Video-game players have solved a molecular puzzle that stumped scientists for years, and those scientists say the accomplishment could point the way to crowdsourced cures for AIDS and other diseases.
One of the problems with studying tiny proteins is that even if scientists know the genetic code for the protein (its recipe), there are still hundreds of thousands of ways the protein could fold up into its physical shape.
In this case, scientists wanted to know the shape of one of the proteins in a retrovirus, the same type of virus as HIV, the virus that causes AIDS. By finding out the shape of the protein, they might be able to design a medicine that could defeat the virus. But the researchers didn’t have the time or computing power to test out all the possibilities.
So they turned the job over to online gamers!
That’s where Foldit plays a role. The game is designed so that players can manipulate virtual molecular structures that look like multicolored, curled-up Tinkertoy sets. The virtual molecules follow the same chemical rules that are obeyed by real molecules. When someone playing the game comes up with a more elegant structure that reflects a lower energy state for the molecule, his or her score goes up. If the structure requires more energy to maintain, or if it doesn’t reflect real-life chemistry, then the score is lower.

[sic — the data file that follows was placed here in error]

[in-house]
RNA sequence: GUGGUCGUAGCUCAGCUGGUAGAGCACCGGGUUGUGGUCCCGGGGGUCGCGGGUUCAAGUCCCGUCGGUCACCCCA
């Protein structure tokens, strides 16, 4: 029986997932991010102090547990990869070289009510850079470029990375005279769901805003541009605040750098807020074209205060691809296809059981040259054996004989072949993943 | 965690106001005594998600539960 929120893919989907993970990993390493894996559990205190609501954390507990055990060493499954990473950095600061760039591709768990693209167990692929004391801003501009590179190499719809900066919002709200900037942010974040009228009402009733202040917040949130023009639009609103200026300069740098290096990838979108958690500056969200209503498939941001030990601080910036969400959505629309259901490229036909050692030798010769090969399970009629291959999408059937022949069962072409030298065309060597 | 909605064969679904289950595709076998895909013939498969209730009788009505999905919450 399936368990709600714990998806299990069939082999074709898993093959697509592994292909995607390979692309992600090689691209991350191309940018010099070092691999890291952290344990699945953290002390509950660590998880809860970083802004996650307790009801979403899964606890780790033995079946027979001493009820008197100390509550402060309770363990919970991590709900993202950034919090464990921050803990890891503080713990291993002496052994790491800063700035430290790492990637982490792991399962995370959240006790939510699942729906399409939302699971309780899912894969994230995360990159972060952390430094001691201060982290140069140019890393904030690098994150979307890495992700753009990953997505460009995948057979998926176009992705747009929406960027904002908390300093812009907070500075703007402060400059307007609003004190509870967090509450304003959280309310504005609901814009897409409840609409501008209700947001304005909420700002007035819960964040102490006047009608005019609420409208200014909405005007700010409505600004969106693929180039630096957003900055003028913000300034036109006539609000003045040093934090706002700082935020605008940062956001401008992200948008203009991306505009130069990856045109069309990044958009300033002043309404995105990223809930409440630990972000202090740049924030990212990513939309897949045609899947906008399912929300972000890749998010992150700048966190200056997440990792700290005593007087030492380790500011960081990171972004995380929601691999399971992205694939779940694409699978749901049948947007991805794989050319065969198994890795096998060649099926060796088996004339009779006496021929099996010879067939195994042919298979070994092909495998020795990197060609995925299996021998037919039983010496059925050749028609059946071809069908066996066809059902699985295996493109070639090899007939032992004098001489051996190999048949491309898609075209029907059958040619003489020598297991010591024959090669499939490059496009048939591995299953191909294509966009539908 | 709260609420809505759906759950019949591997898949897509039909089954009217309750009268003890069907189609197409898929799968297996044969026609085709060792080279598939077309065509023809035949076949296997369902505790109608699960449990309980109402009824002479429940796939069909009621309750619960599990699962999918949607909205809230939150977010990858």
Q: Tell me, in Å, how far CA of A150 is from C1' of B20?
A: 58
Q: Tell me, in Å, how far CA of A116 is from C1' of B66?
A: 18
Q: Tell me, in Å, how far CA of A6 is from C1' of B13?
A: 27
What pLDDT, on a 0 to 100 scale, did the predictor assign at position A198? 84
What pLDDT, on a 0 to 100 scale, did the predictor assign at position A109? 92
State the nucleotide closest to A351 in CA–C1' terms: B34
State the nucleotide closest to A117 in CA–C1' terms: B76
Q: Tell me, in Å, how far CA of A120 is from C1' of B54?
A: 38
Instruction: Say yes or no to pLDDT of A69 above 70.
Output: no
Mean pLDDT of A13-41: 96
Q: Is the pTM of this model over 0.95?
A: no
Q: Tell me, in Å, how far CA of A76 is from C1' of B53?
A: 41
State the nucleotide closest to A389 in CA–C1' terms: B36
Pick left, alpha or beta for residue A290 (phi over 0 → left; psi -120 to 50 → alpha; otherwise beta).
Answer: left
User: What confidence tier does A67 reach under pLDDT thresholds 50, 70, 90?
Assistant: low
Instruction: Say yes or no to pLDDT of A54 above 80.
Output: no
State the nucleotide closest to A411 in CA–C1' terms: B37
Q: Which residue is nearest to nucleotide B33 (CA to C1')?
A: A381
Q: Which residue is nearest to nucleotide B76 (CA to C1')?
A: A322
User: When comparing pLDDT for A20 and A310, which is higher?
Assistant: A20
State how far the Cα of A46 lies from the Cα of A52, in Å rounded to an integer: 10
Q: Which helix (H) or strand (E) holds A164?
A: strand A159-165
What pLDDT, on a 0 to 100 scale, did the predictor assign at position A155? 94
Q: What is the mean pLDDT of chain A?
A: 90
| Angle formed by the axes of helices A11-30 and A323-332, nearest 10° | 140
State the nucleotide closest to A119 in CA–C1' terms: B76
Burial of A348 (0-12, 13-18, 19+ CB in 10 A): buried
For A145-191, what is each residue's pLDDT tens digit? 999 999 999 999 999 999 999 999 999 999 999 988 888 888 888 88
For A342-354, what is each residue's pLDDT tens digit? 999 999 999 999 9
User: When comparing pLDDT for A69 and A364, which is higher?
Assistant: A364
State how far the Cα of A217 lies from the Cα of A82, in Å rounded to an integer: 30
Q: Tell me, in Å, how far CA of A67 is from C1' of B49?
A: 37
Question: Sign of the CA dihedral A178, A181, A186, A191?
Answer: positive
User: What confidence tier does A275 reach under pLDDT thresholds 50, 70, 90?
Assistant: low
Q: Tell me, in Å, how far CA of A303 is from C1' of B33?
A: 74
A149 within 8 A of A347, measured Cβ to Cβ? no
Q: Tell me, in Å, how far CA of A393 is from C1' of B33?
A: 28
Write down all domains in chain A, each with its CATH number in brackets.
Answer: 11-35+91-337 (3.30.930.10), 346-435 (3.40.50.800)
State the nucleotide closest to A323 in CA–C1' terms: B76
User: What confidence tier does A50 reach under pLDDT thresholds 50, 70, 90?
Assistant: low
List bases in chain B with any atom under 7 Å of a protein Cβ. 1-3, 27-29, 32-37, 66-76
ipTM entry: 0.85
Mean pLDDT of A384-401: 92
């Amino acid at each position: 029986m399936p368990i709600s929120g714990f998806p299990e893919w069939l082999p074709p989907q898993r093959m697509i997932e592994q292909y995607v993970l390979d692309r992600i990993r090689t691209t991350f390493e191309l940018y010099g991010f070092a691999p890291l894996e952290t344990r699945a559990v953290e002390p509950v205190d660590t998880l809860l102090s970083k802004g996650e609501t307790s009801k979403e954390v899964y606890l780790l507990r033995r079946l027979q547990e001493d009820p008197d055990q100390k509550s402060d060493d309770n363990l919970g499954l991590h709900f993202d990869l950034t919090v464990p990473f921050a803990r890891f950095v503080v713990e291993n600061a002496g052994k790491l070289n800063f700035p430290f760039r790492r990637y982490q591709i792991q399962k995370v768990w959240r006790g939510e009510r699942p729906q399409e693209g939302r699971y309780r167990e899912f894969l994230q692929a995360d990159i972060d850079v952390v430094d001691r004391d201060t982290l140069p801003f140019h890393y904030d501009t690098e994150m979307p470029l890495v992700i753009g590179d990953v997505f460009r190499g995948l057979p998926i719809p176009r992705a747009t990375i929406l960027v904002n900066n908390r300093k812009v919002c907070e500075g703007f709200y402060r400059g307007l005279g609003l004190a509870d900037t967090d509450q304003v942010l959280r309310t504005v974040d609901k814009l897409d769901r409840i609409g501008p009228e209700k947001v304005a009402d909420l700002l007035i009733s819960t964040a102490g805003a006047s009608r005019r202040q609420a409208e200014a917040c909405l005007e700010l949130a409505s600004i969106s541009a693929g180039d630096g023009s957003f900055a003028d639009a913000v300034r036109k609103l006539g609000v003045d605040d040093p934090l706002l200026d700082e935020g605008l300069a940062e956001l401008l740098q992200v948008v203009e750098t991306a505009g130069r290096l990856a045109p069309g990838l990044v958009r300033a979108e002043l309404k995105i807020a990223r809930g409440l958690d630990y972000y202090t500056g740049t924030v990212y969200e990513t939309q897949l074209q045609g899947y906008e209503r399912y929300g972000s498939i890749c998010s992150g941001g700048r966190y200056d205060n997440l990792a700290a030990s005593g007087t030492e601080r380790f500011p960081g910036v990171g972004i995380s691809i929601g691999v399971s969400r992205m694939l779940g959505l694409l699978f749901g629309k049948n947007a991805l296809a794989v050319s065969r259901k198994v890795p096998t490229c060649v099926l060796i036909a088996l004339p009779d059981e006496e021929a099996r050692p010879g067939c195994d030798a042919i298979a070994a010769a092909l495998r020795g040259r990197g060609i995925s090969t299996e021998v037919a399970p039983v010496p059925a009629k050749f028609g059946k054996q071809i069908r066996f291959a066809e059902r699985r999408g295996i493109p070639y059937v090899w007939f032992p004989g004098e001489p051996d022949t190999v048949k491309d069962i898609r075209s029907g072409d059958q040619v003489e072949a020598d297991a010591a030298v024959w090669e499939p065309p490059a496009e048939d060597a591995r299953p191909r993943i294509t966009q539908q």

By working together and building on each other’s models, the gamers were able to solve the mystery in about 10 days.
This isn’t the only time individual computer users have helped advance scientific research. In addition to Foldit, you can:
- install a screen saver on your computer that search for space aliens (SETI@home)
- look for planets in other star systems
- study climate change
- measure the Milky Way
- discover genetic diseases
- and many others.
Image and quotation source: MSNBC Cosmic Log
Thanks to Mrs. Bornmann for the link!